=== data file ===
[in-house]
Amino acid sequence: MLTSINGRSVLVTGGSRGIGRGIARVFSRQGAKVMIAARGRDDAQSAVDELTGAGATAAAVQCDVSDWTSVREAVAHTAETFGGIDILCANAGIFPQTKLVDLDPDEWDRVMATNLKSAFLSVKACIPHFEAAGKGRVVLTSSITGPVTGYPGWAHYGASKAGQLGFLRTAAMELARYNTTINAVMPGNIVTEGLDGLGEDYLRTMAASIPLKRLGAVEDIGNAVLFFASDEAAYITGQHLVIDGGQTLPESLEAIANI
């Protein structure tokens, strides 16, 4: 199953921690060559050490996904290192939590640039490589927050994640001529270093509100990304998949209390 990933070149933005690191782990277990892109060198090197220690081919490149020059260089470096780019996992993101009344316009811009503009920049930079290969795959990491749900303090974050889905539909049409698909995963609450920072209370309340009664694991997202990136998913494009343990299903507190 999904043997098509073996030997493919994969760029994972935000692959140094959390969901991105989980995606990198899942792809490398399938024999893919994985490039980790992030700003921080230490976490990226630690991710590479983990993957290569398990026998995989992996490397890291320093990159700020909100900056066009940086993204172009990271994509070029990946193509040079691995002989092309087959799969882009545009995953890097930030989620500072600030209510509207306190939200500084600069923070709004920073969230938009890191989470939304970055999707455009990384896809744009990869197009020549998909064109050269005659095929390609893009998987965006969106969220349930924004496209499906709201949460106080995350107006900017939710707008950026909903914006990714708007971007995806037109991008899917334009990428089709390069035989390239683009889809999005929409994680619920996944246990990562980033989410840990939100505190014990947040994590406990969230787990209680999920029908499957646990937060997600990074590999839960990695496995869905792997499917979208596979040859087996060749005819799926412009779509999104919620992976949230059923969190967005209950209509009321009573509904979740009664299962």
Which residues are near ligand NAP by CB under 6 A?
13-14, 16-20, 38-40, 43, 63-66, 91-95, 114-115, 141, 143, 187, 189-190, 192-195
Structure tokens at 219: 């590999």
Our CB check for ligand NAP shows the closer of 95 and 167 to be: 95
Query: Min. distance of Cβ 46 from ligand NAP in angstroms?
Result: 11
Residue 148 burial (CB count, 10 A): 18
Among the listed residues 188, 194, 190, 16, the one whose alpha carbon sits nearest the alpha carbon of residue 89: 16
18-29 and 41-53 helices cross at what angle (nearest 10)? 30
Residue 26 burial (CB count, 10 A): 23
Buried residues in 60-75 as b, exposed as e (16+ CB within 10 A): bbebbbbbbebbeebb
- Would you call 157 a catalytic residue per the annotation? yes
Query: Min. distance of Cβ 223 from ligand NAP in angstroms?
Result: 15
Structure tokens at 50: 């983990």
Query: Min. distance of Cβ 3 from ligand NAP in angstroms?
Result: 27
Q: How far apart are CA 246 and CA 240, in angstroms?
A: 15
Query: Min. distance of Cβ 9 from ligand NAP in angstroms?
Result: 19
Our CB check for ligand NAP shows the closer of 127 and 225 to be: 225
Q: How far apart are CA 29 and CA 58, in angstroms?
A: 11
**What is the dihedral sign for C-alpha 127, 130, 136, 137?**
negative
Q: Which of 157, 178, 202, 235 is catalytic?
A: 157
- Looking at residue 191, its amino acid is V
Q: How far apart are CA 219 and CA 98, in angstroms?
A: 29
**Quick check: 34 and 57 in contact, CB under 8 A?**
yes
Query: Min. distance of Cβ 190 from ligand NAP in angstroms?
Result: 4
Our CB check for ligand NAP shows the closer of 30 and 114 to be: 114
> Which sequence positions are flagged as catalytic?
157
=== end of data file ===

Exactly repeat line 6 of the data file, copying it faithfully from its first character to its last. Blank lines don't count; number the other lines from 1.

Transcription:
Structure tokens at 219: 């590999």